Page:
My splurge of the trip was trying the tasting lunch menu at 2-Michelin starred Restaurante Skina. The restaurant was not busy that day, so the service was very attentive yet not overbearing. And the food was delicious, beautifully presented and plentiful. The dishes are based on the season and also Spanish ingredients and dishes. Loved everything so it was hard to choose a favourite, but the beef tartare mini taco remains in my mind. Each course had multiple parts so it ended up feeling like many courses. I was so full by the end of the meal that I could not eat all of the petit-fours. Oh and I had to skip the wine since it was lunch and I needed to work afterwards. In fact, it was difficult enough with the food coma!
Along the seafront, there are many restaurants. On the last evening, I wanted to try the pintxos, so went to Pintxos Casa Nostra. The view of the sea is nice, and there are tables inside or outside. Even in mid-November the weather was nice, so it was great to sit outdoors. The menu has small plates with some typical Spanish foods, and also other cuisines. I had a mixture of Spanish (Galician octopus and gambas pil pil), American (cheeseburger), and French (duck confit and potatoes). I am still not sure about the difference between pintxos and tapas…. In any case, these were small plates and around four per person seemed to be plenty.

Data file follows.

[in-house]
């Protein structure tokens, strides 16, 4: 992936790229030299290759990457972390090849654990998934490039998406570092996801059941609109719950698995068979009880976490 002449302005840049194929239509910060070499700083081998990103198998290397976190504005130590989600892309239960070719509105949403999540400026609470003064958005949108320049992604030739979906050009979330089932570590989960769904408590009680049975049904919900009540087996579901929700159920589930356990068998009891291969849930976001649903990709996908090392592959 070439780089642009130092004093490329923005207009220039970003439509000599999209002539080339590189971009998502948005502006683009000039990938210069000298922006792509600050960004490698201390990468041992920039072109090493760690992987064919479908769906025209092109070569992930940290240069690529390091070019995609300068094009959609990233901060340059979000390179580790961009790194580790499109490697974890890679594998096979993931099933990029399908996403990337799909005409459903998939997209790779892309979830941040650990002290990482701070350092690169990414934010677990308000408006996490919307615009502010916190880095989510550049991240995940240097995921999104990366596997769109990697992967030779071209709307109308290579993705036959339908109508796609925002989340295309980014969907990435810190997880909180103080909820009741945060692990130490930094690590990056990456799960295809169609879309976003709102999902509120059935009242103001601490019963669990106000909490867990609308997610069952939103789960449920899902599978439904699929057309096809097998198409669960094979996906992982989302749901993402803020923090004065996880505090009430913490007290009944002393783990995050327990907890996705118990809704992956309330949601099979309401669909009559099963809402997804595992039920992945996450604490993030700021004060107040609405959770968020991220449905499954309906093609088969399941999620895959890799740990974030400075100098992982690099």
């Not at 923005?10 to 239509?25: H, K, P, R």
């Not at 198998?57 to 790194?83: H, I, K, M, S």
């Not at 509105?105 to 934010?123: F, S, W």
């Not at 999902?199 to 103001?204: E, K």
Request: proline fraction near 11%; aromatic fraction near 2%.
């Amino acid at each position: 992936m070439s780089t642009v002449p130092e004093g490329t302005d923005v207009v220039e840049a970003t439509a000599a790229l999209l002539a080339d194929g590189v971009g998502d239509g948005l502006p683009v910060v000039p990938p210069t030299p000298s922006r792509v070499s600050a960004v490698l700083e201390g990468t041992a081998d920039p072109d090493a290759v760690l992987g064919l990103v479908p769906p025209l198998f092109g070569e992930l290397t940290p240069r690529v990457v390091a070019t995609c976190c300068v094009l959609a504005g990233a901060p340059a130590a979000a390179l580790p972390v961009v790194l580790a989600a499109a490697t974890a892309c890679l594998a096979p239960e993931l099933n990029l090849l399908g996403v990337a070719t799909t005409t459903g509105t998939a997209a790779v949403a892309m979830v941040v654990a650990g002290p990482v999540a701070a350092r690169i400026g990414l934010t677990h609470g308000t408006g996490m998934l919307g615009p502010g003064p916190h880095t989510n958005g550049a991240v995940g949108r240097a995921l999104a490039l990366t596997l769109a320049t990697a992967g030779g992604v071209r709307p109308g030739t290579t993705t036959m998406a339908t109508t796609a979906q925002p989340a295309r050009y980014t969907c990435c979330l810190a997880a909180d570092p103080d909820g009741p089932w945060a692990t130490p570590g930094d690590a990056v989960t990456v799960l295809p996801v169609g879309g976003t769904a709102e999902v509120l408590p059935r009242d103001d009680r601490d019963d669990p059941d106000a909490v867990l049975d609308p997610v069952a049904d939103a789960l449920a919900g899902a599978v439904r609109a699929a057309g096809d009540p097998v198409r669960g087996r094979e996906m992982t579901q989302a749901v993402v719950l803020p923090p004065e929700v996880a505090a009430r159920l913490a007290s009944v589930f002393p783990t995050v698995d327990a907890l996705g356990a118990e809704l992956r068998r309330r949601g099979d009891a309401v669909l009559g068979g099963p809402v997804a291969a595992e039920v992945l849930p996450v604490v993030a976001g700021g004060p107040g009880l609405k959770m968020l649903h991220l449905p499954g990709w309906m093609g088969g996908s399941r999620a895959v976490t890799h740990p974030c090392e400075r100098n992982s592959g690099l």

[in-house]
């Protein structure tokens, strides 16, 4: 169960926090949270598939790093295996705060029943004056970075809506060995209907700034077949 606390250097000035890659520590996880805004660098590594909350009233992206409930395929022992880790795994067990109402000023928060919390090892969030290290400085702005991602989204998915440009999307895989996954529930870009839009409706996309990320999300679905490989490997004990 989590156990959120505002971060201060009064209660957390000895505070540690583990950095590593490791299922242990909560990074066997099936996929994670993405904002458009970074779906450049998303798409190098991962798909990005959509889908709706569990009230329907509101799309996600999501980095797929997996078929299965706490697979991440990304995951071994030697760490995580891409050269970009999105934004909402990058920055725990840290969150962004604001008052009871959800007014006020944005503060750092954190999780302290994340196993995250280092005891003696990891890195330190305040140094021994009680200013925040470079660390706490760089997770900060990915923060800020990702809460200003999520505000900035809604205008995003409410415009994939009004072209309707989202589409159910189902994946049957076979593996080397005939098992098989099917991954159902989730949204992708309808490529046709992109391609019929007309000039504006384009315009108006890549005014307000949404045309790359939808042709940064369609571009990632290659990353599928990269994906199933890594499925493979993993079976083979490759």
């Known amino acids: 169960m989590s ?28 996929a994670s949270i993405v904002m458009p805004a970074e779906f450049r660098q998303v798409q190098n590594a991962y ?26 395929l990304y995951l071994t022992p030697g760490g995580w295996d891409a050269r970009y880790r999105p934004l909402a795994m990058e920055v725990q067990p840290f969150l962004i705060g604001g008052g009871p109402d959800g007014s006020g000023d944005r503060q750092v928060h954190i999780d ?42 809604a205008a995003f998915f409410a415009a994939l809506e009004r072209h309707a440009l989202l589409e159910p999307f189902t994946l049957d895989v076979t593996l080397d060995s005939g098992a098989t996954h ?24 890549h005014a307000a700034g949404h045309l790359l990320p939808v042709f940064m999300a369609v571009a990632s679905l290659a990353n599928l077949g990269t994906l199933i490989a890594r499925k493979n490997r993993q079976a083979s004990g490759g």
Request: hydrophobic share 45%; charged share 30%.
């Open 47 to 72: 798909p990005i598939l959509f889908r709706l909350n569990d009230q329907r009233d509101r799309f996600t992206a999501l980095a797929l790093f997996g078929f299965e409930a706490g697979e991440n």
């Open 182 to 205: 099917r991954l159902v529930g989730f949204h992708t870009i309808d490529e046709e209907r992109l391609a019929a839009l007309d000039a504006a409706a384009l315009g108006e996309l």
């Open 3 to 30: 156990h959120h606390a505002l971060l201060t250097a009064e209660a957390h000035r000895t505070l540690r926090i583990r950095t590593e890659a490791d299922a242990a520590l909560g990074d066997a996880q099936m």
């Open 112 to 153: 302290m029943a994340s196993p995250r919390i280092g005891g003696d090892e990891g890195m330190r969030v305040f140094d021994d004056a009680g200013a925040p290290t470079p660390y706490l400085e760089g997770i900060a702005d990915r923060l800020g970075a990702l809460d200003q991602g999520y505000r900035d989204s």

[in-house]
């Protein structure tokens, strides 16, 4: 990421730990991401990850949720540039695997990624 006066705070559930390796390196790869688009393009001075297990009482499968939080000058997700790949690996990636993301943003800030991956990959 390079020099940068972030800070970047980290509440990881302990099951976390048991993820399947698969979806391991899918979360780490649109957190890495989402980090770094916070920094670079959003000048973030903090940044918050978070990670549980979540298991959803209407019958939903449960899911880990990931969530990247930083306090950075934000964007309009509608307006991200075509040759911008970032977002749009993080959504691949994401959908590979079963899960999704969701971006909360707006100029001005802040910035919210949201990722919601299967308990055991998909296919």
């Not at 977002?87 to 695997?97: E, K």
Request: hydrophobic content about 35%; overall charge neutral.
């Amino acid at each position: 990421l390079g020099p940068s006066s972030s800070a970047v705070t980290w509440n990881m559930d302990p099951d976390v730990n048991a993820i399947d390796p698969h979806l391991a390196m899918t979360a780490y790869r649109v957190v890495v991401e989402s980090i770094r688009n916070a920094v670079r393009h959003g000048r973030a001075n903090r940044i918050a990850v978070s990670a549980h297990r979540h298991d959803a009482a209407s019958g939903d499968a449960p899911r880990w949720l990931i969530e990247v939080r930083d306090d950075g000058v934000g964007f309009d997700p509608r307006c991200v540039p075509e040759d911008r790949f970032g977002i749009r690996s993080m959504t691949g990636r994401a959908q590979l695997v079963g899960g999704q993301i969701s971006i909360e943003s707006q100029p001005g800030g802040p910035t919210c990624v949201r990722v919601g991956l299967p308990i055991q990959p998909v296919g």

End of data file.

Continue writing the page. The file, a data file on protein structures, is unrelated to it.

For gelato, there are a number of gelaterias in the city. I noticed a few named Goelia, and it seemed popular as there was always a queue. I had the turron and pistachio flavours and both were full of flavour.
Q: Do I need a tour guide?
A: No, it is a small city and a tour guide is not needed.
Q: Do people speak English?
A: Most people speak some English, although most will tell you that they don’t really speak English. It is good to know a few words in Spanish and have GoogleTranslate on hand.
Q: Is it a walkable city?
A: Yes it is walkable, especially around the city centre and the old town. The bus station is about 20-30 minutes walk from the city centre.